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In School Until Age 18

Raising America’s high school drop out age to 18. No exceptions. Is this the magic bullet to help kids from slipping through the cracks?

Casillas, 17, of East Chicago, Ind., works on some class work during her Language Arts class at Camp Atterbury in Edinburgh, Ind., on Friday, Aug.10, 2007. This program puts kids, primarily high school drop outs from the ages of 16-18, through a five-month residential program with a military feel to help build their leadership skills, confidence and commitment to graduating from high school. (AP)

Casillas, 17, of East Chicago, Ind., works on some class work during her Language Arts class at Camp Atterbury in Edinburgh, Ind., on Friday, Aug.10, 2007. This program puts kids, primarily high school drop outs from the ages of 16-18, through a five-month residential program with a military feel to help build their leadership skills, confidence and commitment to graduating from high school. (AP)

In 1970, the United States had the world’s highest high school graduation rate.  Today, we’re number 21.  That is not a good ranking when jobs in today’s economy more than ever require a solid base in education.

Today, three out of ten American high school freshmen will not get a high school diploma.  That drop-out rate is too high.  Last week, President Obama called for all states to require students to stay in high school until they get a diploma or they are 18.  No more sixteen and out.  Is that the answer?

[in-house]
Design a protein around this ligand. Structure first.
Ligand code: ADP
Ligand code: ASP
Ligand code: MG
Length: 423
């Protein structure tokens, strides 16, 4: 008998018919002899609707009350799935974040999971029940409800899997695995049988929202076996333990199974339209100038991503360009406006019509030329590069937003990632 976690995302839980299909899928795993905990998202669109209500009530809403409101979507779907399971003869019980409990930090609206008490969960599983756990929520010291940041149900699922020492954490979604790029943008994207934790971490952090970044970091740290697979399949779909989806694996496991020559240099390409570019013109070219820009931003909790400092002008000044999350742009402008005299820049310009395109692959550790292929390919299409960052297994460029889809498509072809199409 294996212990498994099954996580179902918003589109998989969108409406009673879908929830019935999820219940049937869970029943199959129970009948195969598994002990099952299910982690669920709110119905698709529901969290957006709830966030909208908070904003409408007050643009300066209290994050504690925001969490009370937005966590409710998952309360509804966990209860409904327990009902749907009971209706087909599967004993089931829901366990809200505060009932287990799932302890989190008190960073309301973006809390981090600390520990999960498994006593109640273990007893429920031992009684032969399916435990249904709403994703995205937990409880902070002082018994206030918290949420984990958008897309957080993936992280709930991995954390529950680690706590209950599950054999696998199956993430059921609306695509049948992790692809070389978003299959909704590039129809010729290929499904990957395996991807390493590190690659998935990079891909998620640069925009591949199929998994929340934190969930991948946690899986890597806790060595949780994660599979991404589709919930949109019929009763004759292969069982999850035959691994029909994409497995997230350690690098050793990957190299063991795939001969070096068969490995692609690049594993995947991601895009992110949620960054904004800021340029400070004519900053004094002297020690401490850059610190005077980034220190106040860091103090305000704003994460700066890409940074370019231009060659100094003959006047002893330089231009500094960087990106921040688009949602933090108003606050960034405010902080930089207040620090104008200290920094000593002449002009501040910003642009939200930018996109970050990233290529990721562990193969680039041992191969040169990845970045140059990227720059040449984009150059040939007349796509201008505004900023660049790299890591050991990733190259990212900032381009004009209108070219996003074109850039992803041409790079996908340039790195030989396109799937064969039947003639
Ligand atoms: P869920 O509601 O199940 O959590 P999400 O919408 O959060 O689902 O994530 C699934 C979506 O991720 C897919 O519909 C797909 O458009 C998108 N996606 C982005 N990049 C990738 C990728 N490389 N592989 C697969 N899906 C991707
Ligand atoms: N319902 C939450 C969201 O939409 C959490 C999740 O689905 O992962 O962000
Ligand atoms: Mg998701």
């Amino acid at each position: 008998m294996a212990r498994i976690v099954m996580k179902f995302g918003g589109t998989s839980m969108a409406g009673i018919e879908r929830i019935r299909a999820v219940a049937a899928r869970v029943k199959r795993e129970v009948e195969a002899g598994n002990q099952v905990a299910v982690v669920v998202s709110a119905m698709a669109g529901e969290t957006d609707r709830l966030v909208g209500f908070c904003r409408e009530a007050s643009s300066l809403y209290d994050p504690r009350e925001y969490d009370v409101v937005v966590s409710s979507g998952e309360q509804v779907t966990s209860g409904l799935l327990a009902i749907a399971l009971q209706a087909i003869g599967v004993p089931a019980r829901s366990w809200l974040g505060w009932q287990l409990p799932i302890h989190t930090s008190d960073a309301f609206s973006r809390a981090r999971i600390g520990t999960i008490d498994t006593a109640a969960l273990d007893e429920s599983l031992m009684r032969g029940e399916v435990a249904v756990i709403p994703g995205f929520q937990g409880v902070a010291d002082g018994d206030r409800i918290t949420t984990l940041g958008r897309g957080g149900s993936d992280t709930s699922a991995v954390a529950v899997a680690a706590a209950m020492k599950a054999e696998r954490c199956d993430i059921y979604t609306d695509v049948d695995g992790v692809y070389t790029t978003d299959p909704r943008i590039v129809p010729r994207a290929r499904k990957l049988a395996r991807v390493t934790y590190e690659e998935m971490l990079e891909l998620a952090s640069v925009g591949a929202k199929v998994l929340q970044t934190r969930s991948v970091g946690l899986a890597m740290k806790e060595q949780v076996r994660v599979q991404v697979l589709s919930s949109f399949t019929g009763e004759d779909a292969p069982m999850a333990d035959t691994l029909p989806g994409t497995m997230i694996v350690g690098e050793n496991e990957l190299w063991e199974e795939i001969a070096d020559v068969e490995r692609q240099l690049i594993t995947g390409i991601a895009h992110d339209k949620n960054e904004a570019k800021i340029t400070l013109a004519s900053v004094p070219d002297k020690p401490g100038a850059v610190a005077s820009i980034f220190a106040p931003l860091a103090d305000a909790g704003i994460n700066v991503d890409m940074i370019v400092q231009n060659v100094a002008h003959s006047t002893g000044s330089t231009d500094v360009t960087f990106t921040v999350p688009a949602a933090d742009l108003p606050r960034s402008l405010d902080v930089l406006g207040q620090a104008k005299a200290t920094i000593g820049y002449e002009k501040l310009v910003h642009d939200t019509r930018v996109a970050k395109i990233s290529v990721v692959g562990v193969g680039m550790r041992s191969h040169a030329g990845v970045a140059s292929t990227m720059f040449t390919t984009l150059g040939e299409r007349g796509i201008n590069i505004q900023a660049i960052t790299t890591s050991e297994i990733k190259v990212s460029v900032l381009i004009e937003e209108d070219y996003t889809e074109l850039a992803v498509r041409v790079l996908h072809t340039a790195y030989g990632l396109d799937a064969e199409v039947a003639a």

This hour, On Point:  Raising America’s high school drop-out age to eighteen.

-Tom Ashbrook

Guests

Cecilia Rouse, Professor in the Economics of Education at Princeton University. From 2009-2011 served as a member of the President’s Council of Economic Advisers. Her op-ed in the New York Times last week was “The True Cost of High School Dropouts.”

Byron Young,  a musician, manager at a retail store and administrator at a government contractor. He dropped out of Northwestern High School in Hyattsville, MD at age 16.

Peggy Korellis, principal, Team Englewood, a Chicago Public High School started 5 years ago with 450 students.

Highlights

“If someone is 16 years old, they should have the freedom to choose whether they want to go to school or whether they want to start working,” said caller Gordon from Bowling Green, Kentucky. “Maybe they want to live a simple life.”